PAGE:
Open Access Highly Accessed Research article

Promoter hypermethylation of the tumor-suppressor genes ITIH5, DKK3, and RASSF1A as novel biomarkers for blood-based breast cancer screening

Vera Kloten1, Birte Becker1, Kirsten Winner1, Michael G Schrauder2, Peter A Fasching2, Tobias Anzeneder3, Jürgen Veeck1, Arndt Hartmann4, Ruth Knüchel1 and Edgar Dahl1*

Author Affiliations

1 Molecular Oncology Group, Institute of Pathology, Medical Faculty of the RWTH Aachen University, Pauwelsstrasse 30, D-52074 Aachen, Germany

2 Department of Gynecology and Obstetrics, University Hospital Erlangen, Universitätsstrasse 21-23, D-91054 Erlangen, Germany

3 Patients' Tumor Bank of Hope (PATH) Foundation, Schäftlarnstr. 62, D-81337 München, Germany

4 Department of Pathology, University of Erlangen, Krankenhausstrasse 12, D-91054 Erlangen, Germany

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Breast Cancer Research 2013, 15:R4  doi:10.1186/bcr3375

Published: 15 January 2013

Abstract

Introduction

For early detection of breast cancer, the development of robust blood-based biomarkers that accurately reflect the host tumor is mandatory. We investigated DNA methylation in circulating free DNA (cfDNA) from blood of breast cancer patients and matched controls to establish a biomarker panel potentially useful for early detection of breast cancer.

Methods

We examined promoter methylation of seven putative tumor-suppressor genes (SFRP1, SFRP2, SFRP5, ITIH5, WIF1, DKK3, and RASSF1A) in cfDNA extracted from serum. Clinical performance was first determined in a test set (n = 261 sera). In an independent validation set (n = 343 sera), we validated the most promising genes for further use in early breast cancer detection. Sera from 59 benign breast disease and 58 colon cancer patients were included for additional specificity testing.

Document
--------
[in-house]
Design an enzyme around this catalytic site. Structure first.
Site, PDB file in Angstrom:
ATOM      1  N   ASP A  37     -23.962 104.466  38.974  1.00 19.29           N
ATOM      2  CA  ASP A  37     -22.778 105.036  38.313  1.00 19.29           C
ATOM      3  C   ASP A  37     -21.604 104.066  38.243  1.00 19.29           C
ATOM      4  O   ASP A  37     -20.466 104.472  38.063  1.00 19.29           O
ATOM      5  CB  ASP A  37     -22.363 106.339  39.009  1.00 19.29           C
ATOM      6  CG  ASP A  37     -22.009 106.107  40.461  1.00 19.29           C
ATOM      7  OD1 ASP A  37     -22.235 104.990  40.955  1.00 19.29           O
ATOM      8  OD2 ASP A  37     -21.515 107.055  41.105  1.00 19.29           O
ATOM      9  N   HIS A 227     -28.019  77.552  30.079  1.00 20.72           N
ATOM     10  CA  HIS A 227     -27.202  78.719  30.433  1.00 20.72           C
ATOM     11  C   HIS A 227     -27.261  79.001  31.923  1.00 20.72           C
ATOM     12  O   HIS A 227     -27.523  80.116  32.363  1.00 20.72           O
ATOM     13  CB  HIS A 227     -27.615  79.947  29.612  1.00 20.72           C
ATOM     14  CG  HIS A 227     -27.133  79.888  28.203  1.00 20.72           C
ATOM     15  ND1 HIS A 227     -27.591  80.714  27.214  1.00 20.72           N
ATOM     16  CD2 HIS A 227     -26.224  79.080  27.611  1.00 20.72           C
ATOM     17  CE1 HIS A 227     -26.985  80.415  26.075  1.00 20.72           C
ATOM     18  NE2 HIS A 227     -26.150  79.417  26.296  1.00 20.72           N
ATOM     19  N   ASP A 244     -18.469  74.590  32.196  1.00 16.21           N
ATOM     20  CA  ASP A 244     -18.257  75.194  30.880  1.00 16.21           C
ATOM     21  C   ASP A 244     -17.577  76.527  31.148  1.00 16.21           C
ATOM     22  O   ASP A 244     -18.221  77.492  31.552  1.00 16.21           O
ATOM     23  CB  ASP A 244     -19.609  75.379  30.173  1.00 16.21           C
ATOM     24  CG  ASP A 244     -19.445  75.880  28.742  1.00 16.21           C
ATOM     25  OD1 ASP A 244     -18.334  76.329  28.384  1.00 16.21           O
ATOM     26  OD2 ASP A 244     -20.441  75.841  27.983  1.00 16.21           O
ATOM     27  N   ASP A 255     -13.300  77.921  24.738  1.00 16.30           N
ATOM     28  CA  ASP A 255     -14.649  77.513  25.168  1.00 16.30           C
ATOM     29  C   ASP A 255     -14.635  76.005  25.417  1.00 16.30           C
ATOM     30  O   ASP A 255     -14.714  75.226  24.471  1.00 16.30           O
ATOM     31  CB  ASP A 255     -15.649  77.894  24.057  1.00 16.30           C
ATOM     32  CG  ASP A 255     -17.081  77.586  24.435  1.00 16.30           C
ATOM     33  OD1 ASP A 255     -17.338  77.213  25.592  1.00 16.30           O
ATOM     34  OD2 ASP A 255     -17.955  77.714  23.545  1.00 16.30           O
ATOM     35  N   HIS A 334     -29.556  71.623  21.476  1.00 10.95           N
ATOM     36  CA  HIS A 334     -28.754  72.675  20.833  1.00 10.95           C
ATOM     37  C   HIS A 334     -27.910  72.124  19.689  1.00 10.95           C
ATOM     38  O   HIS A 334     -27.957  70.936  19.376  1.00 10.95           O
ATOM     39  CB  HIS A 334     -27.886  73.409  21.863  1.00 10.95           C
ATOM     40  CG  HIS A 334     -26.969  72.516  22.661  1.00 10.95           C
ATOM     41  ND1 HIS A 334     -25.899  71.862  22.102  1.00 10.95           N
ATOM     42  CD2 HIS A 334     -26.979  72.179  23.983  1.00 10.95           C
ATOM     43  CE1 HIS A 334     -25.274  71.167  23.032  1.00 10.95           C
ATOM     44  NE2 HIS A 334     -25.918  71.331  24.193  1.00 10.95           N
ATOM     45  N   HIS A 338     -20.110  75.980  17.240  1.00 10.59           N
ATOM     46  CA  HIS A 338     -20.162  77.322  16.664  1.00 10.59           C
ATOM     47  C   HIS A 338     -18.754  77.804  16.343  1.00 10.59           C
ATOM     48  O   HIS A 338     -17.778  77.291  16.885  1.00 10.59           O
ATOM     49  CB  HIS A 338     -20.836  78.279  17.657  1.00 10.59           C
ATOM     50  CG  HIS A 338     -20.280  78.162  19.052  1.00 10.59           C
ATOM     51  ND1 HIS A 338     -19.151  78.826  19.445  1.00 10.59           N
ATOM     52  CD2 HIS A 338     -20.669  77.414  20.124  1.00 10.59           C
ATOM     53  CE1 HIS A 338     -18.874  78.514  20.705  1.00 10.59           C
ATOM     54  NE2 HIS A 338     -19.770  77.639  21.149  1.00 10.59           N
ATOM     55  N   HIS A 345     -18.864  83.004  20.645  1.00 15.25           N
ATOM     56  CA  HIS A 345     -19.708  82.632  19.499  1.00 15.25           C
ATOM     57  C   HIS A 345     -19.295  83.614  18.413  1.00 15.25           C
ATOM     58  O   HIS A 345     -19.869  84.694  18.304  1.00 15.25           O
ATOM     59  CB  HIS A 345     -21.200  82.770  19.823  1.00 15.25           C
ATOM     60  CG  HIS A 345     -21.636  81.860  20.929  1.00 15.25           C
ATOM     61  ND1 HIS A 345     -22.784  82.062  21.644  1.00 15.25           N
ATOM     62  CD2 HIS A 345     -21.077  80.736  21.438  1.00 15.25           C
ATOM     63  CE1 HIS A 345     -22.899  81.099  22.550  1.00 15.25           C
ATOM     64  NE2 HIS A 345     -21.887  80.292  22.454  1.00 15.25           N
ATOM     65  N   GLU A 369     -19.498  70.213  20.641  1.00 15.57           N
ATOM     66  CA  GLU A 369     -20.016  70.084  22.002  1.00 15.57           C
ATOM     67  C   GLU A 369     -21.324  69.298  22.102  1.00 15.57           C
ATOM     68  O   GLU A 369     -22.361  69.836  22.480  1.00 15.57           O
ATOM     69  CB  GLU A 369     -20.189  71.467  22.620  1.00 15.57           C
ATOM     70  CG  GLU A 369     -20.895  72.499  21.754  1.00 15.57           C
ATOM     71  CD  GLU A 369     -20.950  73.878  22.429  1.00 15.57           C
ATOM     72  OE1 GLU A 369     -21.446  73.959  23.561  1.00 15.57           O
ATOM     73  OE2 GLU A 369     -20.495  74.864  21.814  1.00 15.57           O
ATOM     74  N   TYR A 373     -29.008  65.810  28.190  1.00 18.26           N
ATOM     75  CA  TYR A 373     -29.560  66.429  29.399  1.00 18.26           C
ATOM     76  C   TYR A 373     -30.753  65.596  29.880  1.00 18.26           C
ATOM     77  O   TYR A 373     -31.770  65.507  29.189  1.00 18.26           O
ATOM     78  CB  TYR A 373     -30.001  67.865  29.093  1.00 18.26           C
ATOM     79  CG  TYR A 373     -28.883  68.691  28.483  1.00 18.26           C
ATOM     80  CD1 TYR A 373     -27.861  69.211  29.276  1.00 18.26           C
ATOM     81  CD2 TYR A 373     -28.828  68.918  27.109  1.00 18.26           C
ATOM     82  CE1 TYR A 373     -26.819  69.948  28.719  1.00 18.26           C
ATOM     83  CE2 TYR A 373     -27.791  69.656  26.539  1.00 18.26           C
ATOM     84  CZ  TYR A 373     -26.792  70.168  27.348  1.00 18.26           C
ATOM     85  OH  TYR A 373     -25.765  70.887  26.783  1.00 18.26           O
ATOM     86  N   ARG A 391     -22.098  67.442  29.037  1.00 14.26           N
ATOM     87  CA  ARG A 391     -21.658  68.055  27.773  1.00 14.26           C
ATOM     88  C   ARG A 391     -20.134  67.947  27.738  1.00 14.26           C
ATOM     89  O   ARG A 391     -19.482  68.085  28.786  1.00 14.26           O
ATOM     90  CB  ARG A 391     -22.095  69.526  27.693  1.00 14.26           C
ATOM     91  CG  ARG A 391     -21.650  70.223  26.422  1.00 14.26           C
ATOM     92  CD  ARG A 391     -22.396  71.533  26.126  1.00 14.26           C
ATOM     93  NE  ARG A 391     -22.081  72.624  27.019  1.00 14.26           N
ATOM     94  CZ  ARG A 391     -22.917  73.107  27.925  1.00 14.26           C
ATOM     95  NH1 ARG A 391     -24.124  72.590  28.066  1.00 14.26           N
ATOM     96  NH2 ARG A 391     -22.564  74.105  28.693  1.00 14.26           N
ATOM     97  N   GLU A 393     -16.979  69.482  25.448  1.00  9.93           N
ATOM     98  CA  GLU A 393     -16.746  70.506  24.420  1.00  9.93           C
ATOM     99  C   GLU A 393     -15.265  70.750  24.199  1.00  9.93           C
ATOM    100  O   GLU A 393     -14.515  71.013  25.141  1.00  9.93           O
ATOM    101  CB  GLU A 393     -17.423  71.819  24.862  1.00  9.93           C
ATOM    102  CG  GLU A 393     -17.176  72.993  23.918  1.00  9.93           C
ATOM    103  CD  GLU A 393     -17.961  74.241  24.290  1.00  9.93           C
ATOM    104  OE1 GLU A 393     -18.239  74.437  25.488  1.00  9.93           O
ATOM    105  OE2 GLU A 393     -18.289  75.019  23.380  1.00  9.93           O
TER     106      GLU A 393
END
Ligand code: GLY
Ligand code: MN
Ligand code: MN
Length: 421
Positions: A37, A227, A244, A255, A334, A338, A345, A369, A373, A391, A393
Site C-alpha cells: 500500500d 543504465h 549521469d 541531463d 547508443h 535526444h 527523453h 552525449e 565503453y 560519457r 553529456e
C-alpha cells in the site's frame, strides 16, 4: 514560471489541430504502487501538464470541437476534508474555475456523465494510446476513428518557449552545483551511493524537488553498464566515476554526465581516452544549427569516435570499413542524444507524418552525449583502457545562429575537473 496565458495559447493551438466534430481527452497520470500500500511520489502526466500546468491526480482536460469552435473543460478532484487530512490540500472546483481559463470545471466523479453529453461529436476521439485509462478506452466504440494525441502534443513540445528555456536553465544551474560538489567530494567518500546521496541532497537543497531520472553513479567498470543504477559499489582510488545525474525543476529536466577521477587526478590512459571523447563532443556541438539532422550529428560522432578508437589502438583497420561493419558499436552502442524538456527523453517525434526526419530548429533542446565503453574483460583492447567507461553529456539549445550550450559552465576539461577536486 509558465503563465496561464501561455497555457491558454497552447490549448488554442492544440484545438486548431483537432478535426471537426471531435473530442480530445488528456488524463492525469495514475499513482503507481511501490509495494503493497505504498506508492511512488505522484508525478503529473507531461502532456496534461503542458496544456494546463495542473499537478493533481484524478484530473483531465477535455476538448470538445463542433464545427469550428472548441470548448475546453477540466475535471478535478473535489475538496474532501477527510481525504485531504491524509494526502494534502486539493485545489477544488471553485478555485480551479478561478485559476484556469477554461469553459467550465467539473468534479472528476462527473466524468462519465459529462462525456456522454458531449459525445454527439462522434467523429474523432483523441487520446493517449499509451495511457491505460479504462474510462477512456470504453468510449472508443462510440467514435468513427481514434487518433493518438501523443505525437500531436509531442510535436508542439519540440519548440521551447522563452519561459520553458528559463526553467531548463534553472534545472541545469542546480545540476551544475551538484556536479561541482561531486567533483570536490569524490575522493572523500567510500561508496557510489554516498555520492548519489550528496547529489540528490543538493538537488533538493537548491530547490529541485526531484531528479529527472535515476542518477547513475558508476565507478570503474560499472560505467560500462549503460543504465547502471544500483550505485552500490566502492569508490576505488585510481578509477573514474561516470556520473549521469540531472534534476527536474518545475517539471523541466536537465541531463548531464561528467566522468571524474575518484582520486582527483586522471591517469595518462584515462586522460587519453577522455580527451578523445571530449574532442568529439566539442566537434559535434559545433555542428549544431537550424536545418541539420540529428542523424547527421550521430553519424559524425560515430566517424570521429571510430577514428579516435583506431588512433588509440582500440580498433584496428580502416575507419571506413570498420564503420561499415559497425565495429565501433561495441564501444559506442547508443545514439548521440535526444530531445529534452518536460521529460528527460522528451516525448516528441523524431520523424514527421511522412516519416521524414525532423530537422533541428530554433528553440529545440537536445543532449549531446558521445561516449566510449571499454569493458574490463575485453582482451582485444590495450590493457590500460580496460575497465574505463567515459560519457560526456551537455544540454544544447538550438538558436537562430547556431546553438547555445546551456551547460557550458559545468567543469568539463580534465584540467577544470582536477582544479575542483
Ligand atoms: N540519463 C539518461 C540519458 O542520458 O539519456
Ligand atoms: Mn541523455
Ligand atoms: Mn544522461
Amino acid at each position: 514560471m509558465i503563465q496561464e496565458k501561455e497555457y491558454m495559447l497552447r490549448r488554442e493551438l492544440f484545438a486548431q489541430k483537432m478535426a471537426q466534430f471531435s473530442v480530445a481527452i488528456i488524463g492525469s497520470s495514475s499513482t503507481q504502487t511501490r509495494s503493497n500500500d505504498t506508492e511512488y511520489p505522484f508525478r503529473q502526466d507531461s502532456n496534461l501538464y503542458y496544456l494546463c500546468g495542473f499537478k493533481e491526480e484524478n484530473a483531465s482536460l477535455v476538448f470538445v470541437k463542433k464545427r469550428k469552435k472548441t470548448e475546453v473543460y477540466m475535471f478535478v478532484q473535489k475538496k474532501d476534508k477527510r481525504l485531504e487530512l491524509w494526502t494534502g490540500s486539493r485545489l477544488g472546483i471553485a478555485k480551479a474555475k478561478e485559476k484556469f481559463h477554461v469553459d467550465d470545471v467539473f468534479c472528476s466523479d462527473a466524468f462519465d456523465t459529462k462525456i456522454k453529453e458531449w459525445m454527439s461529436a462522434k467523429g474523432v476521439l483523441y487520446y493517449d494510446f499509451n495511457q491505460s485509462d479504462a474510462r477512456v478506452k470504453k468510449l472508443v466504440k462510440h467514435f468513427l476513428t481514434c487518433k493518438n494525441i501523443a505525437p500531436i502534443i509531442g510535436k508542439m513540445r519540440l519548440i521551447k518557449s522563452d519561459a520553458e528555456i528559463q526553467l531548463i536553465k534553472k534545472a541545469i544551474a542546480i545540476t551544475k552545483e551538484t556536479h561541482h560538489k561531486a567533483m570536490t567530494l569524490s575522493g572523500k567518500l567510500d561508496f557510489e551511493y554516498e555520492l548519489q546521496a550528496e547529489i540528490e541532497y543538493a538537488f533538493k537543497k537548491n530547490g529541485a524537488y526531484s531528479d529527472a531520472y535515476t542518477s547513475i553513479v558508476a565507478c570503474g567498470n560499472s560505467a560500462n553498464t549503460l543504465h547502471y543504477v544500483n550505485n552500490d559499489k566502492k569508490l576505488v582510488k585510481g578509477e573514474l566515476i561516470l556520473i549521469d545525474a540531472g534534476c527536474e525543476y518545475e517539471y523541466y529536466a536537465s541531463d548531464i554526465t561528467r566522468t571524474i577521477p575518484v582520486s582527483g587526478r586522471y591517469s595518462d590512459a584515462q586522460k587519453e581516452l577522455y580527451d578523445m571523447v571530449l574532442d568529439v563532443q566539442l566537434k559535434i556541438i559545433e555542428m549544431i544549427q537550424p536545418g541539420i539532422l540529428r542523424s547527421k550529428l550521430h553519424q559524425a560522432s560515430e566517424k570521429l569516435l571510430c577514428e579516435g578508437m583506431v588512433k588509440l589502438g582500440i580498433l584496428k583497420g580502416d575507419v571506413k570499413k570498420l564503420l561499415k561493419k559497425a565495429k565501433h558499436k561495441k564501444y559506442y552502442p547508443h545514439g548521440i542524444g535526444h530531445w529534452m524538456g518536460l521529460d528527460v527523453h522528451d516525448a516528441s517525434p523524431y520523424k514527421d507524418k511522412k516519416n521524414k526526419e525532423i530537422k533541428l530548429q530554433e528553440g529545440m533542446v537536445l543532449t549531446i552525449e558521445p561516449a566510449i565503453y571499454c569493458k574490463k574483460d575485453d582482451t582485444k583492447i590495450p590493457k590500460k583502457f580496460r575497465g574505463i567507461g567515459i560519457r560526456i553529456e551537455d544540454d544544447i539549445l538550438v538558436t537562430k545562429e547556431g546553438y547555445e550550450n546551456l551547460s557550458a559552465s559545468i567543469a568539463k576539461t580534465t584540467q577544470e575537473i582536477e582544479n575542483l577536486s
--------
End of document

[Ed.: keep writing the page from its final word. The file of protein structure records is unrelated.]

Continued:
Results

Based on the test set, we determined ITIH5 and DKK3 promoter methylation as candidate biomarkers with the best sensitivity and specificity. In both the test and validation set combined, ITIH5 and DKK3 methylation achieved 41% sensitivity with a specificity of 93% and 100% in healthy and benign disease controls, respectively. Combination of these genes with RASSF1A methylation increased the sensitivity to 67% with a specificity of 69% and 82% in healthy controls and benign disease controls, respectively.

Conclusions

Tumor-specific methylation of the three-gene panel (ITIH5, DKK3, and RASSF1A) might be a valuable biomarker for the early detection of breast cancer.